by Gary Wingenbach
The pace is slower.
It takes a few days to realize it, but the pace is definitely slower in Guatemala. It has not changed from when I lived this pace 25 years ago as a Peace Corps Volunteer, first in San Rafael Las Flores, Santa Rosa, and then in Quezaltepeque, Chiquimula. My month-long return to this land of “Eternal Spring” with 10 Aggie students, two faculty members, and a 10-year old daughter in tow, is an experience I never would have imagined as a young man.
As I look around the cabin this morning while we listen to Marelino explain sustainable agricultural practices in the Chajul region, it hits me…these students weren’t born the last time I spent this much time in Guatemala.
Dang, I suddenly feel old! Good thing I don’t “feel” old, otherwise I might consider joining the whining sessions about missing the comforts of home in Texas.
It’s a surreal experience to watch the wonderment of learning about Guatemalan life in these Aggies’ faces. I see genuine interest in their expressions. I hear them talk about Guatemalan life with compassion in their voices. These Aggies are the real deal!
I wish I could find another 90 just like them to bring to Chajul. It would make a huge impact in our service-learning projects. Right. I know, poco a poco, little by little; slow down Gary, the pace is a bit slower, and that’s okay.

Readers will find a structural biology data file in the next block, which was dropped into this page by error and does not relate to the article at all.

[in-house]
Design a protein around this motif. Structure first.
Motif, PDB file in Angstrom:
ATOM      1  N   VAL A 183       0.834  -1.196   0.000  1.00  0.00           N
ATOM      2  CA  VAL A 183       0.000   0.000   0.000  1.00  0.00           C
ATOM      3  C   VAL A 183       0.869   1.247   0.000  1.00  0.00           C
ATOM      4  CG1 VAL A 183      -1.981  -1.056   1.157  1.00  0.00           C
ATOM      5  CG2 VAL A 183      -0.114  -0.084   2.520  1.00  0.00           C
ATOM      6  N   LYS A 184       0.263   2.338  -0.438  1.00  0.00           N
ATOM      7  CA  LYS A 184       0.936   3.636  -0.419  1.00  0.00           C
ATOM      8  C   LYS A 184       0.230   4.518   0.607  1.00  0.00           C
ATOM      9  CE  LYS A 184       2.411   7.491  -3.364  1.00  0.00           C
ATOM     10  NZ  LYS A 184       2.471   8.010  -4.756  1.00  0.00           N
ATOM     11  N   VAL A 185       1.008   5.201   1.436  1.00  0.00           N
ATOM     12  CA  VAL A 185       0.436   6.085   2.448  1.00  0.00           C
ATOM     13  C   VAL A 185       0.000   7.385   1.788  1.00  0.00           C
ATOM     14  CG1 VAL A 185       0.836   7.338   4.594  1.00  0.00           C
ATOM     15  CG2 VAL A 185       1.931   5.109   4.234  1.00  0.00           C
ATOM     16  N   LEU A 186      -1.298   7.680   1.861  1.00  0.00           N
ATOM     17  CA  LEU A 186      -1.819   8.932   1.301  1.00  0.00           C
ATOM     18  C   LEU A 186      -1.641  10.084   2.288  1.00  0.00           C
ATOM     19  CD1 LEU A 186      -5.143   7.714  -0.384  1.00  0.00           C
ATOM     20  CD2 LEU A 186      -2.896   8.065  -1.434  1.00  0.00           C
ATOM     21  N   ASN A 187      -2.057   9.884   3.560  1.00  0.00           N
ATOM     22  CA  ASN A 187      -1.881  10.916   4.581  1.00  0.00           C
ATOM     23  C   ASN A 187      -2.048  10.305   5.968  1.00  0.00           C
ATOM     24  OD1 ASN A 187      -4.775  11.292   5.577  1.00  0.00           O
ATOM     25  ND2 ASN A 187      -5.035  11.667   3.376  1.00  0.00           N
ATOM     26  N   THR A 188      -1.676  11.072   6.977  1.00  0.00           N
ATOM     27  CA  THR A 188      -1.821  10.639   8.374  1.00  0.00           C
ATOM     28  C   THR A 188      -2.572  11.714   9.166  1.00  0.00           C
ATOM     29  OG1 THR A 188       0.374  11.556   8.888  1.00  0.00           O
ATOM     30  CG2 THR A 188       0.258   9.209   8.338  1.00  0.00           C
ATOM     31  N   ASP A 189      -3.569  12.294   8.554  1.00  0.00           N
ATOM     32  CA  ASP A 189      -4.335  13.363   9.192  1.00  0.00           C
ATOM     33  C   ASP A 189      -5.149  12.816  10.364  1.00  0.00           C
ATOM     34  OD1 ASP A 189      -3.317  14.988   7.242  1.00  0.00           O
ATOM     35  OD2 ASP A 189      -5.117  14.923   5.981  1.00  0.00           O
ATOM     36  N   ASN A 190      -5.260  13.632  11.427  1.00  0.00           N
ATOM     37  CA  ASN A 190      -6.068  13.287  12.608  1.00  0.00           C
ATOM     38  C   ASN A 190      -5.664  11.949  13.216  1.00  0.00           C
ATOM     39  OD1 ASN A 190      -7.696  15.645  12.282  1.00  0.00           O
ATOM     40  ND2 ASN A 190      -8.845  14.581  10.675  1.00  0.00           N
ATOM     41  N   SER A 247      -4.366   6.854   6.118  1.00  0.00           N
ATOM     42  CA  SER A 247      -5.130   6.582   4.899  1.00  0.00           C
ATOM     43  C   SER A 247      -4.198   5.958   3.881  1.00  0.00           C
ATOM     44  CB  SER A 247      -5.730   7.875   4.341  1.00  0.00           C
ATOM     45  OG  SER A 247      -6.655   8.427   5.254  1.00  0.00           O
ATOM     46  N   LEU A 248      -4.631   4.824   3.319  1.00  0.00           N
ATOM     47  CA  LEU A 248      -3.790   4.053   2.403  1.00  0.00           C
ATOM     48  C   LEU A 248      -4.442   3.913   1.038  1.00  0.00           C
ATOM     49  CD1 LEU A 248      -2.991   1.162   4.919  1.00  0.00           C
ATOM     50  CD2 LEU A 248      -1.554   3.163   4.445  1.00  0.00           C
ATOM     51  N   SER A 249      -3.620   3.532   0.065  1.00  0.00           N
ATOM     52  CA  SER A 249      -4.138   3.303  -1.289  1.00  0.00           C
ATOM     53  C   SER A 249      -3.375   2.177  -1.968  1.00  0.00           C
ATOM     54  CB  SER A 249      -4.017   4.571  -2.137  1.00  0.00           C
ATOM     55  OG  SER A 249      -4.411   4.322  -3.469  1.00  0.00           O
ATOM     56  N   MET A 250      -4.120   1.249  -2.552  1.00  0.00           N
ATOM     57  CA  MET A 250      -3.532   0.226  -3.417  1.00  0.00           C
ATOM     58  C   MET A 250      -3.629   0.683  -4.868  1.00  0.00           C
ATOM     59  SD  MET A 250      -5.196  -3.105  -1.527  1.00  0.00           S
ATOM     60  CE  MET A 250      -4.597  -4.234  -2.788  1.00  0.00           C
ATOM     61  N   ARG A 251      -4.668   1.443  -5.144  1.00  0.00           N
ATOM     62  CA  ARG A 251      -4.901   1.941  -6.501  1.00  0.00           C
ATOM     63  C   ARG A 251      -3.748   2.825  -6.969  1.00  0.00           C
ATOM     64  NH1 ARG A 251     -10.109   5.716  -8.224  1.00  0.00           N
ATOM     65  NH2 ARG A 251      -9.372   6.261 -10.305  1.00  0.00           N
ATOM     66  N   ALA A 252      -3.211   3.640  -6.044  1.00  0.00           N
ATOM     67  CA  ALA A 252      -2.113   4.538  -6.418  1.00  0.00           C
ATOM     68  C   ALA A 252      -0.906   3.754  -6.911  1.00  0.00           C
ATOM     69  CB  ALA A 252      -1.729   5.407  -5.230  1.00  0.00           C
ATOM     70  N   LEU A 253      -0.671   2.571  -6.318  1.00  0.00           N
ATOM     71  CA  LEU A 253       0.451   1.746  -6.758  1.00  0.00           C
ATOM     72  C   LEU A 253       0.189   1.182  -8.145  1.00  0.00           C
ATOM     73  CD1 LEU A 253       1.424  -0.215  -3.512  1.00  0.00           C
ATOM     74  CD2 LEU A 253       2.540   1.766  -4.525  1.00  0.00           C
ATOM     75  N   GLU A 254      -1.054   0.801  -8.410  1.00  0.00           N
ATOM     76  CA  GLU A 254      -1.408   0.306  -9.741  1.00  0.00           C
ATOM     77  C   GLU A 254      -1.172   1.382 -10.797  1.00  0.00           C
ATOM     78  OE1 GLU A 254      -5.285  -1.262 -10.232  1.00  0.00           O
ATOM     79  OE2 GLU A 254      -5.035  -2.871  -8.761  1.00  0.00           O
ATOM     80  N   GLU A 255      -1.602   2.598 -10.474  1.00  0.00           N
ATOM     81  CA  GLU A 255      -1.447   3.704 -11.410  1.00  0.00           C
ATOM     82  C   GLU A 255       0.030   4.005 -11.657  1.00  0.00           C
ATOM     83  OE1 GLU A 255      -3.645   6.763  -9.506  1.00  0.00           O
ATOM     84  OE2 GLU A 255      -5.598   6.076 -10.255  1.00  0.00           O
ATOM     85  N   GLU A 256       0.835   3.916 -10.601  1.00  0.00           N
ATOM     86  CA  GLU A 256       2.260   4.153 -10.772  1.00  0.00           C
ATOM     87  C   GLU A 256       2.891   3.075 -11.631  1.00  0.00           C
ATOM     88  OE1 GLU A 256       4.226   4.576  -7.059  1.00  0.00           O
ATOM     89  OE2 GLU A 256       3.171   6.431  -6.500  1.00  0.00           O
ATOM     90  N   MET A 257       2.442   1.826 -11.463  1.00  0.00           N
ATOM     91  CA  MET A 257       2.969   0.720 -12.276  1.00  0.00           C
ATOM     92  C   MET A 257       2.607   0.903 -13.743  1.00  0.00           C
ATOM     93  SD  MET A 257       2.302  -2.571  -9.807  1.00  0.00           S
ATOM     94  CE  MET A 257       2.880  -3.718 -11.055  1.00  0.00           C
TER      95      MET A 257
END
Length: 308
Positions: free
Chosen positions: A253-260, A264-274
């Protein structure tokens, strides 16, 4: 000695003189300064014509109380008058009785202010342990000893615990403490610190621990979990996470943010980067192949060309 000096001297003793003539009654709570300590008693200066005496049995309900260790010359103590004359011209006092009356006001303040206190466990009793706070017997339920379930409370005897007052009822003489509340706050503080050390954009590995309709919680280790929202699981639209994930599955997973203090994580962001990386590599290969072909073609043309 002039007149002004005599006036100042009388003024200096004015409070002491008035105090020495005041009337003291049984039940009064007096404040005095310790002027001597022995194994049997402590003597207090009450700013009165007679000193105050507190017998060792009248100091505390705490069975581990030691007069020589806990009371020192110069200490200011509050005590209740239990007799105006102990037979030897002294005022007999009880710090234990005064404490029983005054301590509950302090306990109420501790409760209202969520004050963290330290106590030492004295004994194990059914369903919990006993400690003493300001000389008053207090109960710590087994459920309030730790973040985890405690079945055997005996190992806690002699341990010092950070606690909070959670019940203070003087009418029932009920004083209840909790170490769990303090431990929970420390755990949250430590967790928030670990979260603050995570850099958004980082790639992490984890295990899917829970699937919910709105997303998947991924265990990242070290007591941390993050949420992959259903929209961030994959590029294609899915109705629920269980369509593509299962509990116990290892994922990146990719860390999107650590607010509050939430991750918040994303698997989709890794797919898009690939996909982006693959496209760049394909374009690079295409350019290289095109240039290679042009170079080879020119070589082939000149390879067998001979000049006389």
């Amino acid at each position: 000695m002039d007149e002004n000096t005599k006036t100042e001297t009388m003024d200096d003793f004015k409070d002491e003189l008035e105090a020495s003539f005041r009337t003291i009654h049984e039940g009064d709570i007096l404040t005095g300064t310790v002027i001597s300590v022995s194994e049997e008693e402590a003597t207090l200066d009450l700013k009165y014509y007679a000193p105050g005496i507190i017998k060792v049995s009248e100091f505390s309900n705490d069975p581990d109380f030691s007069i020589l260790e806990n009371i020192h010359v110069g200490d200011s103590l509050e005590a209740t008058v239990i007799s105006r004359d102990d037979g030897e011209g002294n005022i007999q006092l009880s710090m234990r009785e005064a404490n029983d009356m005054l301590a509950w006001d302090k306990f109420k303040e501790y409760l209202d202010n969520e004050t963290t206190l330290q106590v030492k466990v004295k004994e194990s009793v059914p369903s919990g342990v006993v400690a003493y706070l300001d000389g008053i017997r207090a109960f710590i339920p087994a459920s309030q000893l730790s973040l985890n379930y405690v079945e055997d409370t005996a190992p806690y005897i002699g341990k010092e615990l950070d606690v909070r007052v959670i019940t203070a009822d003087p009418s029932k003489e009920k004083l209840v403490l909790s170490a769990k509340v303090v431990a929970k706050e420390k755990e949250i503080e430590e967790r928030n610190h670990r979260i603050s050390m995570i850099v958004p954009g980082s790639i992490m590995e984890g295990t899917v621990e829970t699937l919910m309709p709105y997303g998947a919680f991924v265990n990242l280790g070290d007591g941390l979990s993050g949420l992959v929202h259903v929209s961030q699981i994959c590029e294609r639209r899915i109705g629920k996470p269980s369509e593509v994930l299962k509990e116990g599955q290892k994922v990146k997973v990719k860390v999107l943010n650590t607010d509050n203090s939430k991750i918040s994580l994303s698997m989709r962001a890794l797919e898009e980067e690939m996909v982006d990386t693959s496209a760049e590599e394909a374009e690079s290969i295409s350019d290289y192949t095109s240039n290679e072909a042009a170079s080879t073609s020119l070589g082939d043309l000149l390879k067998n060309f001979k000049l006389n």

Twenty-five years can change many things in Guatemala. I see cell phones now where only telegram offices once existed. I’ve used wifi in the highlands where computer technology would have been considered Star Trek nonsense 25 years ago. Yes, I know some of you will not know what the original Star Trek series was, but trust me, it was a classic, and you really missed a cultural phenomenon!
Some things did not change in the past 25 years. Poverty, malnutrition, pollution, lack of resources, illiteracy, and respiratory and intestinal diseases still exist, most likely with the same intensity as they did in the mid-1980s.
It’s easy to become depressed by these societal challenges. It could be easy to turn away from these issues and never think about them again. It would be so easy to concern ourselves with the next release of the iPhone or the next idiotic vampire movie debut.
But, for 13 Aggie students and faculty members, and one future Aggie, we won’t walk away. We’re here to make a difference!
Just now, on Saturday morning, Aggies and Chajul agriculturists are working side-by-side to design a new vermiculture system to produce organic fertilizer for a local school garden. Gig ’em Ags!
I am hopeful to contribute a few more reflections, from the prof’s perspective, to this blog. Oh yeah, that’s one more thing that didn’t exist 25 years ago…blogging! I’m very happy to make this post, my first ever, on a topic near and dear to my heart.
Vamos adelante Aggies!